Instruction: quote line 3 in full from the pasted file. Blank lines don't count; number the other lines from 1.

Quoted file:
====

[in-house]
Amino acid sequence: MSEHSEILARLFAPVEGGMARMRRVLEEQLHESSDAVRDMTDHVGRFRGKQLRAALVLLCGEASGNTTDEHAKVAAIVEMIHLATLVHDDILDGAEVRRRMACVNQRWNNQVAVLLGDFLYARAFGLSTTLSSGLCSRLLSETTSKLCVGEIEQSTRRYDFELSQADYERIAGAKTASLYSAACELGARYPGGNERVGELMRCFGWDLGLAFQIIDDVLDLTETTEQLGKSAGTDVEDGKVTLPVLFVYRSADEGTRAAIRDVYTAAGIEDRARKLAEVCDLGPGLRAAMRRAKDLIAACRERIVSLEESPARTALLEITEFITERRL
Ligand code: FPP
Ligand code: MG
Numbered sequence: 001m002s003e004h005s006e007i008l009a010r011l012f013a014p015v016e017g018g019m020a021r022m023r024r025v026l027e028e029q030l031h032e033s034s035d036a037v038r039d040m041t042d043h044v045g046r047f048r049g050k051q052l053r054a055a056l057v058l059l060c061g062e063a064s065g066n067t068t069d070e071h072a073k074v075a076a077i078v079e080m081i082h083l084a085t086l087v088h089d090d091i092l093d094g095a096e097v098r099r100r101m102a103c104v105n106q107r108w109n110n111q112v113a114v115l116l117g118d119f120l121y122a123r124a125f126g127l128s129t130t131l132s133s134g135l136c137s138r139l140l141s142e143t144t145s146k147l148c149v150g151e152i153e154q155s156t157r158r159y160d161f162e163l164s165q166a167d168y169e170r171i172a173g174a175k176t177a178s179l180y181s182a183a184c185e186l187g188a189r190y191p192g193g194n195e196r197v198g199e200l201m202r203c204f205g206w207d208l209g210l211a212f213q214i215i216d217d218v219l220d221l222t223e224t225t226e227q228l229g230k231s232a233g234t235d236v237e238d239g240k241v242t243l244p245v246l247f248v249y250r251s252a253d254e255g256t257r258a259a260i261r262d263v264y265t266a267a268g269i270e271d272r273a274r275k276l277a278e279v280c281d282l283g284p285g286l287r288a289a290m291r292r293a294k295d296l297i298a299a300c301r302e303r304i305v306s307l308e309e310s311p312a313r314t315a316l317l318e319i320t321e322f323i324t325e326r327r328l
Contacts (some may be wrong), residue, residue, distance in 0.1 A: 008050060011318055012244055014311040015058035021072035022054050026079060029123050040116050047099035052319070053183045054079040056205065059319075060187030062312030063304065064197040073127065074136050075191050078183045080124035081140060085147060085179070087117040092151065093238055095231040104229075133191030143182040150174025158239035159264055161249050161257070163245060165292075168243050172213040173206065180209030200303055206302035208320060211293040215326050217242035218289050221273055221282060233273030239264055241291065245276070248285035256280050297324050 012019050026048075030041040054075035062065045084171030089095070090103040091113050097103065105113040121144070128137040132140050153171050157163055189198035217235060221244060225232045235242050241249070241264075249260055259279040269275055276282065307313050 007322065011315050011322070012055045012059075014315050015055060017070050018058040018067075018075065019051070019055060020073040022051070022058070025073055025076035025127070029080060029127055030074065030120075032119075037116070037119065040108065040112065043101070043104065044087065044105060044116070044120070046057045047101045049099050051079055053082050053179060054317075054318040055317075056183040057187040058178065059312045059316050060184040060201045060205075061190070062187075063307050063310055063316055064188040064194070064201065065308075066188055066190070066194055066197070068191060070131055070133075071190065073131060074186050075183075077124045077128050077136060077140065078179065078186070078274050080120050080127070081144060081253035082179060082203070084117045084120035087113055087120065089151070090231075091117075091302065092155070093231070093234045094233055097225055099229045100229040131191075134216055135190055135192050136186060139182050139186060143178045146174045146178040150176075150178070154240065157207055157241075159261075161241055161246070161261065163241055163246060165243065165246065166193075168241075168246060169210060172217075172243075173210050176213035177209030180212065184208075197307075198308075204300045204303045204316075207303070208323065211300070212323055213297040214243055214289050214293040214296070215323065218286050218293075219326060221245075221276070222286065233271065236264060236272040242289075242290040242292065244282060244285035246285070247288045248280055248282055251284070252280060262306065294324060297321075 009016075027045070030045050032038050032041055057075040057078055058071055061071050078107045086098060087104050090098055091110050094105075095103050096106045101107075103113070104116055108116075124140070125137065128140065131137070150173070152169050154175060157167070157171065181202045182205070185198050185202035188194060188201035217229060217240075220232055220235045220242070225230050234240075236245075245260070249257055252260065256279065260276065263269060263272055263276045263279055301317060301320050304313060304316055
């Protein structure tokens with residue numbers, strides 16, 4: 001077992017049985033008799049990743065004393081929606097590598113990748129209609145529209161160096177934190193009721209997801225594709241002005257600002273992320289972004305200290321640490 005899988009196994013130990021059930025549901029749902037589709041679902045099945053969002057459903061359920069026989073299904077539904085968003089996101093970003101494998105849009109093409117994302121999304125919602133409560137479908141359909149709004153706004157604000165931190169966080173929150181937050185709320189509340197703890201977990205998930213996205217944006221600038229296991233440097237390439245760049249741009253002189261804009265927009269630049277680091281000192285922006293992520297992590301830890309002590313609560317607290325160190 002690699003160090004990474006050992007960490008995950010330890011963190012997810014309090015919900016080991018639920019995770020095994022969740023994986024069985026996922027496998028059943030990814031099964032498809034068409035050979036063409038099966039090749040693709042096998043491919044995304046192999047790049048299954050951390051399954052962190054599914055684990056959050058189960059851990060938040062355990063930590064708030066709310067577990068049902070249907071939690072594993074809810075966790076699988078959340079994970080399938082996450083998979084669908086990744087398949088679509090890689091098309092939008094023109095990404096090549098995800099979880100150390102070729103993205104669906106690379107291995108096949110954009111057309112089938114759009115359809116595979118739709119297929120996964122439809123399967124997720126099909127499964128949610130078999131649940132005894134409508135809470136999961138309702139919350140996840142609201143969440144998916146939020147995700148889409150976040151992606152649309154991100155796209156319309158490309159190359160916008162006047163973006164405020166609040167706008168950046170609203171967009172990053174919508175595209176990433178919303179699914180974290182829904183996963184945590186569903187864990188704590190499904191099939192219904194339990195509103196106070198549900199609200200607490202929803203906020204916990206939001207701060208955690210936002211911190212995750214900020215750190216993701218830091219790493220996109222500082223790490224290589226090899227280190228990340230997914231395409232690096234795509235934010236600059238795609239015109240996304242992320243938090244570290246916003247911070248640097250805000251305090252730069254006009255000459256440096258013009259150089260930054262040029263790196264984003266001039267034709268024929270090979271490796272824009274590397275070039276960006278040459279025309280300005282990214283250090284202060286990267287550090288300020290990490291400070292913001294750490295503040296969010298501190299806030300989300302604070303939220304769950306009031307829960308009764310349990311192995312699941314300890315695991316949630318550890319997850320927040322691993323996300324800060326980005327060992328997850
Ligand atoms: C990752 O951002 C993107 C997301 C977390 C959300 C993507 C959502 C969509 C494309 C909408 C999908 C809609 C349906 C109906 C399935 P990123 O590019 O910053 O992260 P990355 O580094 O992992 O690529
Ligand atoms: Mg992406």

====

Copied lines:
Ligand code: FPP